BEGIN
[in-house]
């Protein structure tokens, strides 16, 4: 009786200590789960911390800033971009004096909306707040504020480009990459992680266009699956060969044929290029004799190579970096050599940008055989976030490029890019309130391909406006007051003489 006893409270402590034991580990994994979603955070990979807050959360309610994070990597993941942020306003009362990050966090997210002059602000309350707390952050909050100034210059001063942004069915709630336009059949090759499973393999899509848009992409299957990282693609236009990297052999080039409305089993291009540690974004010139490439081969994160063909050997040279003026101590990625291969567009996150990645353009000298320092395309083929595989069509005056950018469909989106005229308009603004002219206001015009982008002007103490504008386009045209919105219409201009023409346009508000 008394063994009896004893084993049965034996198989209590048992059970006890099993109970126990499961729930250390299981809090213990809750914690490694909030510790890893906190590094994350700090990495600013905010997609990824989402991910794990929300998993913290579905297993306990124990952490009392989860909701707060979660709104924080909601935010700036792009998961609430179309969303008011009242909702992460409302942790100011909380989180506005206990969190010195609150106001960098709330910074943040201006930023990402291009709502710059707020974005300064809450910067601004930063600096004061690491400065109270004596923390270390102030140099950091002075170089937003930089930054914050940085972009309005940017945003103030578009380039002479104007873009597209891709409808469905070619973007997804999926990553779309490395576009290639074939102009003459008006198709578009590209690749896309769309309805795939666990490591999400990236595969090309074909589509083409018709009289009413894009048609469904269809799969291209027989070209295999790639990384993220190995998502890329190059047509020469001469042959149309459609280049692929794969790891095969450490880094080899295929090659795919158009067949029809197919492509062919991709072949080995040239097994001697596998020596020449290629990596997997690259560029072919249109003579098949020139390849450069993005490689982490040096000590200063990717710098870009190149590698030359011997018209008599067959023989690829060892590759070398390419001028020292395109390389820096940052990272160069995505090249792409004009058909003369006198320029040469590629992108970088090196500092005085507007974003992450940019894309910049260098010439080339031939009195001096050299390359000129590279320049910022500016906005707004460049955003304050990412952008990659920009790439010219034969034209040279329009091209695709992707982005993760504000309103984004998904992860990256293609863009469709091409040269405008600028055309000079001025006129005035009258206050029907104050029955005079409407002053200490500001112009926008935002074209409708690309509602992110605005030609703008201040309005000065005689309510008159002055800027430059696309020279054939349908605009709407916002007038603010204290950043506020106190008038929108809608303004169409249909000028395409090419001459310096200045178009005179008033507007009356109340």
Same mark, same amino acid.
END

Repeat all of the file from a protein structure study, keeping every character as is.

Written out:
[in-house]
């Protein structure tokens, strides 16, 4: 009786200590789960911390800033971009004096909306707040504020480009990459992680266009699956060969044929290029004799190579970096050599940008055989976030490029890019309130391909406006007051003489 006893409270402590034991580990994994979603955070990979807050959360309610994070990597993941942020306003009362990050966090997210002059602000309350707390952050909050100034210059001063942004069915709630336009059949090759499973393999899509848009992409299957990282693609236009990297052999080039409305089993291009540690974004010139490439081969994160063909050997040279003026101590990625291969567009996150990645353009000298320092395309083929595989069509005056950018469909989106005229308009603004002219206001015009982008002007103490504008386009045209919105219409201009023409346009508000 008394063994009896004893084993049965034996198989209590048992059970006890099993109970126990499961729930250390299981809090213990809750914690490694909030510790890893906190590094994350700090990495600013905010997609990824989402991910794990929300998993913290579905297993306990124990952490009392989860909701707060979660709104924080909601935010700036792009998961609430179309969303008011009242909702992460409302942790100011909380989180506005206990969190010195609150106001960098709330910074943040201006930023990402291009709502710059707020974005300064809450910067601004930063600096004061690491400065109270004596923390270390102030140099950091002075170089937003930089930054914050940085972009309005940017945003103030578009380039002479104007873009597209891709409808469905070619973007997804999926990553779309490395576009290639074939102009003459008006198709578009590209690749896309769309309805795939666990490591999400990236595969090309074909589509083409018709009289009413894009048609469904269809799969291209027989070209295999790639990384993220190995998502890329190059047509020469001469042959149309459609280049692929794969790891095969450490880094080899295929090659795919158009067949029809197919492509062919991709072949080995040239097994001697596998020596020449290629990596997997690259560029072919249109003579098949020139390849450069993005490689982490040096000590200063990717710098870009190149590698030359011997018209008599067959023989690829060892590759070398390419001028020292395109390389820096940052990272160069995505090249792409004009058909003369006198320029040469590629992108970088090196500092005085507007974003992450940019894309910049260098010439080339031939009195001096050299390359000129590279320049910022500016906005707004460049955003304050990412952008990659920009790439010219034969034209040279329009091209695709992707982005993760504000309103984004998904992860990256293609863009469709091409040269405008600028055309000079001025006129005035009258206050029907104050029955005079409407002053200490500001112009926008935002074209409708690309509602992110605005030609703008201040309005000065005689309510008159002055800027430059696309020279054939349908605009709407916002007038603010204290950043506020106190008038929108809608303004169409249909000028395409090419001459310096200045178009005179008033507007009356109340």
Same mark, same amino acid.